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5.
  • Gerstein, Hertzel C, et al. (författare)
  • Basal insulin and cardiovascular and other outcomes in dysglycemia.
  • 2012
  • Ingår i: New England Journal of Medicine. - 0028-4793 .- 1533-4406. ; 367:4, s. 319-28
  • Tidskriftsartikel (refereegranskat)abstract
    • BACKGROUND: The provision of sufficient basal insulin to normalize fasting plasma glucose levels may reduce cardiovascular events, but such a possibility has not been formally tested.METHODS: We randomly assigned 12,537 people (mean age, 63.5 years) with cardiovascular risk factors plus impaired fasting glucose, impaired glucose tolerance, or type 2 diabetes to receive insulin glargine (with a target fasting blood glucose level of ≤95 mg per deciliter [5.3 mmol per liter]) or standard care and to receive n-3 fatty acids or placebo with the use of a 2-by-2 factorial design. The results of the comparison between insulin glargine and standard care are reported here. The coprimary outcomes were nonfatal myocardial infarction, nonfatal stroke, or death from cardiovascular causes and these events plus revascularization or hospitalization for heart failure. Microvascular outcomes, incident diabetes, hypoglycemia, weight, and cancers were also compared between groups.RESULTS: The median follow-up was 6.2 years (interquartile range, 5.8 to 6.7). Rates of incident cardiovascular outcomes were similar in the insulin-glargine and standard-care groups: 2.94 and 2.85 per 100 person-years, respectively, for the first coprimary outcome (hazard ratio, 1.02; 95% confidence interval [CI], 0.94 to 1.11; P=0.63) and 5.52 and 5.28 per 100 person-years, respectively, for the second coprimary outcome (hazard ratio, 1.04; 95% CI, 0.97 to 1.11; P=0.27). New diabetes was diagnosed approximately 3 months after therapy was stopped among 30% versus 35% of 1456 participants without baseline diabetes (odds ratio, 0.80; 95% CI, 0.64 to 1.00; P=0.05). Rates of severe hypoglycemia were 1.00 versus 0.31 per 100 person-years. Median weight increased by 1.6 kg in the insulin-glargine group and fell by 0.5 kg in the standard-care group. There was no significant difference in cancers (hazard ratio, 1.00; 95% CI, 0.88 to 1.13; P=0.97).CONCLUSIONS: When used to target normal fasting plasma glucose levels for more than 6 years, insulin glargine had a neutral effect on cardiovascular outcomes and cancers. Although it reduced new-onset diabetes, insulin glargine also increased hypoglycemia and modestly increased weight. (Funded by Sanofi; ORIGIN ClinicalTrials.gov number, NCT00069784.).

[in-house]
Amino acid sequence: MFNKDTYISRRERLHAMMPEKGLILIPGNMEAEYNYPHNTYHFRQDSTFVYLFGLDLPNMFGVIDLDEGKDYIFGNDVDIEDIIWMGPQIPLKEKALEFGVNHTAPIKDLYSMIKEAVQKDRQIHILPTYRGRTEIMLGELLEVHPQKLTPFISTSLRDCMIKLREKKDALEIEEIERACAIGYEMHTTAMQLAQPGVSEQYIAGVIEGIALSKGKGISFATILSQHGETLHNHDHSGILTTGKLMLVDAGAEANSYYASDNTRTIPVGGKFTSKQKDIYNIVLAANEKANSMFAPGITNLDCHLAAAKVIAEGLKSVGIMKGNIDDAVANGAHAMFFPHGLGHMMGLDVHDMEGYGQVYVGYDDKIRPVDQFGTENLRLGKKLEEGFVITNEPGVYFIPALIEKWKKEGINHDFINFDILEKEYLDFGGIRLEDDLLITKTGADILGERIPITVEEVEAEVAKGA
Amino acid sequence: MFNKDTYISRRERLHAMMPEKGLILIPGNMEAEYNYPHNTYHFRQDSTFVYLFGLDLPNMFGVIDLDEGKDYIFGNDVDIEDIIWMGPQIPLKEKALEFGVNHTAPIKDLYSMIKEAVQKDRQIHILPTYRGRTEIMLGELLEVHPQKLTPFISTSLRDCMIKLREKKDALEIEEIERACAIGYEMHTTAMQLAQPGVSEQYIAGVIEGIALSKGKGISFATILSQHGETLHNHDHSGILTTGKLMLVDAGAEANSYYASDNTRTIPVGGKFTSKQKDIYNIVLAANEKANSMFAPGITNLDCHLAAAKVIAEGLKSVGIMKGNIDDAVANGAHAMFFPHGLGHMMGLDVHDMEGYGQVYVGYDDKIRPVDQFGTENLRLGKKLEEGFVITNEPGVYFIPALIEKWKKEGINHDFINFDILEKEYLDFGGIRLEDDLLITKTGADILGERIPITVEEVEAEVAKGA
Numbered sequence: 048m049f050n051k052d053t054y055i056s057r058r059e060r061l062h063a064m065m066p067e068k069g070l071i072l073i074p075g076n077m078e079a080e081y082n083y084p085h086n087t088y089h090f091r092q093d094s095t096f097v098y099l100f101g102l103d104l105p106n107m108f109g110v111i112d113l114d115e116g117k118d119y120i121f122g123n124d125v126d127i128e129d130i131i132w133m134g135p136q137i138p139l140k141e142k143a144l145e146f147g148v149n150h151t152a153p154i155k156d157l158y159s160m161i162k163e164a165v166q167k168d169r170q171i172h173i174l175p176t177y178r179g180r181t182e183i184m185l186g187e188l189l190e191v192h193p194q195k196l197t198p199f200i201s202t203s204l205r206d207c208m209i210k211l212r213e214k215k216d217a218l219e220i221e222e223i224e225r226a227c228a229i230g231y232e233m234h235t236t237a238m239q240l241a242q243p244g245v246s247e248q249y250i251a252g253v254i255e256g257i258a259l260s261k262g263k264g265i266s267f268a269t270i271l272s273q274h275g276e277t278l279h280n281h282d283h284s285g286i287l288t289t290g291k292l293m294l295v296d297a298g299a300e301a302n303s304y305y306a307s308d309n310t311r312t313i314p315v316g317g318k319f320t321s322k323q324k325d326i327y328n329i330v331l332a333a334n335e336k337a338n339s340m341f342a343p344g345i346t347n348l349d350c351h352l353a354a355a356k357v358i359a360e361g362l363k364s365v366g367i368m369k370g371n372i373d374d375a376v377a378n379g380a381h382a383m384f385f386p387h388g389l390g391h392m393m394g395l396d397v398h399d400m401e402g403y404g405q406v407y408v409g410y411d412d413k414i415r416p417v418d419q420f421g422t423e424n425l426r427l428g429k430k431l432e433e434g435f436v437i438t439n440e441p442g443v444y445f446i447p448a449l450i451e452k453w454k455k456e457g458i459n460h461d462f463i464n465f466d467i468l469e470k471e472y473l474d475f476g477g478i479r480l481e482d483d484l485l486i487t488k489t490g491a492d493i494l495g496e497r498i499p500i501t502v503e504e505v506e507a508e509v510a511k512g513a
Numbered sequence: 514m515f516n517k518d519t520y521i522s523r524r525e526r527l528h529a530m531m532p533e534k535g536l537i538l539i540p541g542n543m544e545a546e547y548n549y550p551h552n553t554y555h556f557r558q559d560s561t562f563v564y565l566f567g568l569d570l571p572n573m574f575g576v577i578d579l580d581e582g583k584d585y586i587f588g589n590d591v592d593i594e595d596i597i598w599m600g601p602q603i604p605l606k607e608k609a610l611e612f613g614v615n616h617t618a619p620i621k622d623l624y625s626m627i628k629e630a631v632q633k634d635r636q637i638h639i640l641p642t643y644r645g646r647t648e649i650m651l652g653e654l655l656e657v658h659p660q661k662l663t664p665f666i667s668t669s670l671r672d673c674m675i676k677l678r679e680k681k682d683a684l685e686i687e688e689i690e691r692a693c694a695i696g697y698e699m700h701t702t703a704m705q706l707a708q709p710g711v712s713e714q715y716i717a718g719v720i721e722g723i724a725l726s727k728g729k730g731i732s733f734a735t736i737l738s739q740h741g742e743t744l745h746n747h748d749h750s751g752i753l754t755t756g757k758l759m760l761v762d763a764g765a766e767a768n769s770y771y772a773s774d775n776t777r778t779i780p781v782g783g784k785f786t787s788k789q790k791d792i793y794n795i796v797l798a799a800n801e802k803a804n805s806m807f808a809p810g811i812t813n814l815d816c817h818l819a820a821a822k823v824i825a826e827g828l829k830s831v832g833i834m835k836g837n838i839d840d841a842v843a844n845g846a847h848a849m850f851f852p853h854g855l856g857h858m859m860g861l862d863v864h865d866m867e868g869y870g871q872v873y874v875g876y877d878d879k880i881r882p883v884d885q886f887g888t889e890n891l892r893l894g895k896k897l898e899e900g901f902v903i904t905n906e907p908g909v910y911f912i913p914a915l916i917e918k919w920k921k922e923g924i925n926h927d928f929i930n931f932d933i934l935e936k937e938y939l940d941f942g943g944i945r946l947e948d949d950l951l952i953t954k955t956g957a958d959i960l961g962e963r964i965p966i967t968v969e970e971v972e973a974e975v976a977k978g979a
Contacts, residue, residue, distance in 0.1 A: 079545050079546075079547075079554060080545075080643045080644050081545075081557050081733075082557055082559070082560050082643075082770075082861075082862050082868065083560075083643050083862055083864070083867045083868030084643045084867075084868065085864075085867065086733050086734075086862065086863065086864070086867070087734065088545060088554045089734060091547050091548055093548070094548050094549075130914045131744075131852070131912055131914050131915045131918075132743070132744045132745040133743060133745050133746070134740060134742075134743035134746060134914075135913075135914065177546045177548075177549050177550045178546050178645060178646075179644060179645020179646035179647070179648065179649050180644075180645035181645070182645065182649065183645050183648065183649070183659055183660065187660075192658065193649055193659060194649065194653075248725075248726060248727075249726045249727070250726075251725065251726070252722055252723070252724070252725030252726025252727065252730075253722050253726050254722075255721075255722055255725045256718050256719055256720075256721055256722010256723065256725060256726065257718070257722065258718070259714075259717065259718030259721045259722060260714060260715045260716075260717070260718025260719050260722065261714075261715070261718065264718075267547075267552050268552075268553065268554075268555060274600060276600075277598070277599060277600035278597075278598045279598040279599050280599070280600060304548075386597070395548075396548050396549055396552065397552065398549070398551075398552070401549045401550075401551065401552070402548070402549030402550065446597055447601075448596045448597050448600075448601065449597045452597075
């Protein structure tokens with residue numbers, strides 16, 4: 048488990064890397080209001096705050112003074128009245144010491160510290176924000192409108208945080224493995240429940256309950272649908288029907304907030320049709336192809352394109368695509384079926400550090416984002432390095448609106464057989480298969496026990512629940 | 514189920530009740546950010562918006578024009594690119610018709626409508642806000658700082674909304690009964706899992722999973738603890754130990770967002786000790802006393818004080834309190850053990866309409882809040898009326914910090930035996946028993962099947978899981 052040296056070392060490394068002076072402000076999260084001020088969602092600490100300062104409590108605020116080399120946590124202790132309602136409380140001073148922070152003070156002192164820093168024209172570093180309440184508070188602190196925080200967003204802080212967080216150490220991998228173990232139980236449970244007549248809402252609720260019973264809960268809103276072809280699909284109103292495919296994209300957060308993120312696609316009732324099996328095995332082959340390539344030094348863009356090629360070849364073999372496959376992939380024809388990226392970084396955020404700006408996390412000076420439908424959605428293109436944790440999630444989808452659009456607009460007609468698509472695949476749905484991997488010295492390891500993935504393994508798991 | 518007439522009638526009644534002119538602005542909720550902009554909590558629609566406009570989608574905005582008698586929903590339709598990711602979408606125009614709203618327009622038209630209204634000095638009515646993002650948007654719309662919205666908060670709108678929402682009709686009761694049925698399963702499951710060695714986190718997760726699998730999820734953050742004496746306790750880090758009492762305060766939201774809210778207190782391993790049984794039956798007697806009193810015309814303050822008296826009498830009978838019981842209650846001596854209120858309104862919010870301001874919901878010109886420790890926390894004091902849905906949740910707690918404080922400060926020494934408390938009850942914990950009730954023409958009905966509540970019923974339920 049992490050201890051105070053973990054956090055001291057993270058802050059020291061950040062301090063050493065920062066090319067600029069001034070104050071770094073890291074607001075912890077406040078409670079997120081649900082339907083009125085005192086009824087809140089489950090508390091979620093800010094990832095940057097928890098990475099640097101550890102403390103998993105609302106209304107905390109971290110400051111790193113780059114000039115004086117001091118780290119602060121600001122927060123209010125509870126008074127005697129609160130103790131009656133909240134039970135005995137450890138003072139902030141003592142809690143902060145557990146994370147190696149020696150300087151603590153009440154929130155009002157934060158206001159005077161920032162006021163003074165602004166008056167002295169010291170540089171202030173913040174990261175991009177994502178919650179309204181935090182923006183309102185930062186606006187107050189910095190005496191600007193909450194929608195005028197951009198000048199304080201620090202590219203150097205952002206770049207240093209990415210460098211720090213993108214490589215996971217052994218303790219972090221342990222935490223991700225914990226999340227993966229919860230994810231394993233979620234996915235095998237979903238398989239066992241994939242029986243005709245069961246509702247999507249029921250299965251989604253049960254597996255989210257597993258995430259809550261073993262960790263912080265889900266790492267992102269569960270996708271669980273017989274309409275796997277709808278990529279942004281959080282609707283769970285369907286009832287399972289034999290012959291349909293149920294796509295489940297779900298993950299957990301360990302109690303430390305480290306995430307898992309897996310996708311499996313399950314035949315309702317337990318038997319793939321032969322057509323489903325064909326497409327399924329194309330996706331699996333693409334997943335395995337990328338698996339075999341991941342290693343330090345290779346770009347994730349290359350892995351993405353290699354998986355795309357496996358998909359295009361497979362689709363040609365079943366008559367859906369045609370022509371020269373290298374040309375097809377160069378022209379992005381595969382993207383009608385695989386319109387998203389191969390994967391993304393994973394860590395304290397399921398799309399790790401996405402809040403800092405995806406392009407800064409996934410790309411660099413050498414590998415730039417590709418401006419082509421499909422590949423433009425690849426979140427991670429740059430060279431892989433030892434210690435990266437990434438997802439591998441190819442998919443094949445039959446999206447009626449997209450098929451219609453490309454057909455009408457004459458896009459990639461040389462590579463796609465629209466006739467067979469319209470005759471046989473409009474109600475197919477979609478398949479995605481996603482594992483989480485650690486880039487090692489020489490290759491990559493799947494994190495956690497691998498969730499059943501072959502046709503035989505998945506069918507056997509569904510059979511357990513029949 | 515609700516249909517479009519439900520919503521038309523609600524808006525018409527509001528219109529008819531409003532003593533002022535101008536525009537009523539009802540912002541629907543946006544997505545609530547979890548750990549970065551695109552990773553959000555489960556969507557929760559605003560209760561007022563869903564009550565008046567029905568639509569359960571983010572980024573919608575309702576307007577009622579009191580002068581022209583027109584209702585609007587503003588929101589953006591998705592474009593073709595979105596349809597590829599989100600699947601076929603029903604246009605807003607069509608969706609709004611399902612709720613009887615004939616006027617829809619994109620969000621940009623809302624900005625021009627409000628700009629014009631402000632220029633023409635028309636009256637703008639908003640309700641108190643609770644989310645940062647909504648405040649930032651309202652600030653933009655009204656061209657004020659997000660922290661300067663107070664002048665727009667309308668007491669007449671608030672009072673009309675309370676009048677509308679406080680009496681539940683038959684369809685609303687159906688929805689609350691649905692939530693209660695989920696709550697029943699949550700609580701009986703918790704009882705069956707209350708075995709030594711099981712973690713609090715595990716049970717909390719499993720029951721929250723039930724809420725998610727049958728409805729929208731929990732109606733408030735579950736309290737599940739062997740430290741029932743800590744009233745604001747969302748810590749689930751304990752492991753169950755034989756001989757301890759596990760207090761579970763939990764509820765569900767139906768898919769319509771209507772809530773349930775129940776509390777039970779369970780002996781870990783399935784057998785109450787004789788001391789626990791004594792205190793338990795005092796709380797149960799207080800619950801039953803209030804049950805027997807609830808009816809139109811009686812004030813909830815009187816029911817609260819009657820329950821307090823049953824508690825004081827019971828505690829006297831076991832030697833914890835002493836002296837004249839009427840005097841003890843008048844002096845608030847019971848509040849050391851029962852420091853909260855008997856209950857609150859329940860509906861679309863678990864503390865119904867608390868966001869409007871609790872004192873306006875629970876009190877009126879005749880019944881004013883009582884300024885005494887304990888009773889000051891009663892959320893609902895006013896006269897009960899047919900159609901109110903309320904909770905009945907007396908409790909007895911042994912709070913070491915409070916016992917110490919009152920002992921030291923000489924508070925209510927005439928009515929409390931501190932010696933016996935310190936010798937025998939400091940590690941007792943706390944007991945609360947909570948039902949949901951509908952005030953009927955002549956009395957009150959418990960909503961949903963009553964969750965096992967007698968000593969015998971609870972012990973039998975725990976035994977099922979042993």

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7.
  • Zhou, Bin, et al. (författare)
  • Worldwide trends in diabetes since 1980 : A pooled analysis of 751 population-based studies with 4.4 million participants
  • 2016
  • Ingår i: The Lancet. - : Elsevier. - 0140-6736 .- 1474-547X. ; 387:10027, s. 1513-1530
  • Tidskriftsartikel (refereegranskat)abstract